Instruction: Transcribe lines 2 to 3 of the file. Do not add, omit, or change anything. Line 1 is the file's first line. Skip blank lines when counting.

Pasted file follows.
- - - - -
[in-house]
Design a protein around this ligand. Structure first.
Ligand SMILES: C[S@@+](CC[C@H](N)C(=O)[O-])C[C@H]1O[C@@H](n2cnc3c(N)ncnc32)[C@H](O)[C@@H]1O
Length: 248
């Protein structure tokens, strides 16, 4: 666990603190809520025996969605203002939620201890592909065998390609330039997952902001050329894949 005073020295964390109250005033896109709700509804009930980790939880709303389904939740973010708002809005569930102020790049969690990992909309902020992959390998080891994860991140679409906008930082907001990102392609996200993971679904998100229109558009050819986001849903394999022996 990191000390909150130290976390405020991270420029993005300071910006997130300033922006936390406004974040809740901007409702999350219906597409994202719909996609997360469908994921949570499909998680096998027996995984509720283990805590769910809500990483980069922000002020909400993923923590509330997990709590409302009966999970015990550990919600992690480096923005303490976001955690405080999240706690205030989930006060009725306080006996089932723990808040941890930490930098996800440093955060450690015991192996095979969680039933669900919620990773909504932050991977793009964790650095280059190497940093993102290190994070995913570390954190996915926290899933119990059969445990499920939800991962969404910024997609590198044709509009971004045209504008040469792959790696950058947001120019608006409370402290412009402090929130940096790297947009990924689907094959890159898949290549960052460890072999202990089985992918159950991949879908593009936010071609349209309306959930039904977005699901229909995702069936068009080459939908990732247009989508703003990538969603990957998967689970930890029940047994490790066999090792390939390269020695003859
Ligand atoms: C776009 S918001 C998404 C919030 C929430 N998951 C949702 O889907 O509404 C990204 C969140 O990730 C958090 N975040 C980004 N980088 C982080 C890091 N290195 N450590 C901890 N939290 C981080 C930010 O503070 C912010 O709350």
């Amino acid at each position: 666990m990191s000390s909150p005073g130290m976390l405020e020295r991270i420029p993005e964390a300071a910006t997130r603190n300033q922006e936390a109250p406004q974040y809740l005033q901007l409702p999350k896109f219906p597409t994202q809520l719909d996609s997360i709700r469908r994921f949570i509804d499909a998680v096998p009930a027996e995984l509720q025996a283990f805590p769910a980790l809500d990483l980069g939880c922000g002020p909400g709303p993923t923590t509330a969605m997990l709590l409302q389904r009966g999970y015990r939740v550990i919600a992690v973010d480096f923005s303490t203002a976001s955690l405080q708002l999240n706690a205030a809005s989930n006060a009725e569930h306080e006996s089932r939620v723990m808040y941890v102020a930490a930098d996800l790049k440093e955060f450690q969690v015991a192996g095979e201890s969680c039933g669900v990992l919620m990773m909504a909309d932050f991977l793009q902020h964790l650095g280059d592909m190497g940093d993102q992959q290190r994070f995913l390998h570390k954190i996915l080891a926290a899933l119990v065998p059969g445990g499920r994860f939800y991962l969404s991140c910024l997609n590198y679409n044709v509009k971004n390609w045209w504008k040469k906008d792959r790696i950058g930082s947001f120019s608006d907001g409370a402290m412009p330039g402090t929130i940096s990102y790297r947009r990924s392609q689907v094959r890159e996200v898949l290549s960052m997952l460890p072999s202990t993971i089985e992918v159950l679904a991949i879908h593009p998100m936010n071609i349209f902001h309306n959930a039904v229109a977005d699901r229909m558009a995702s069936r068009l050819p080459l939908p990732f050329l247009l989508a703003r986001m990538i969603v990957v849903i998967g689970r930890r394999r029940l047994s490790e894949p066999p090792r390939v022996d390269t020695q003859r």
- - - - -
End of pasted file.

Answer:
Design a protein around this ligand. Structure first.
Ligand SMILES: C[S@@+](CC[C@H](N)C(=O)[O-])C[C@H]1O[C@@H](n2cnc3c(N)ncnc32)[C@H](O)[C@@H]1O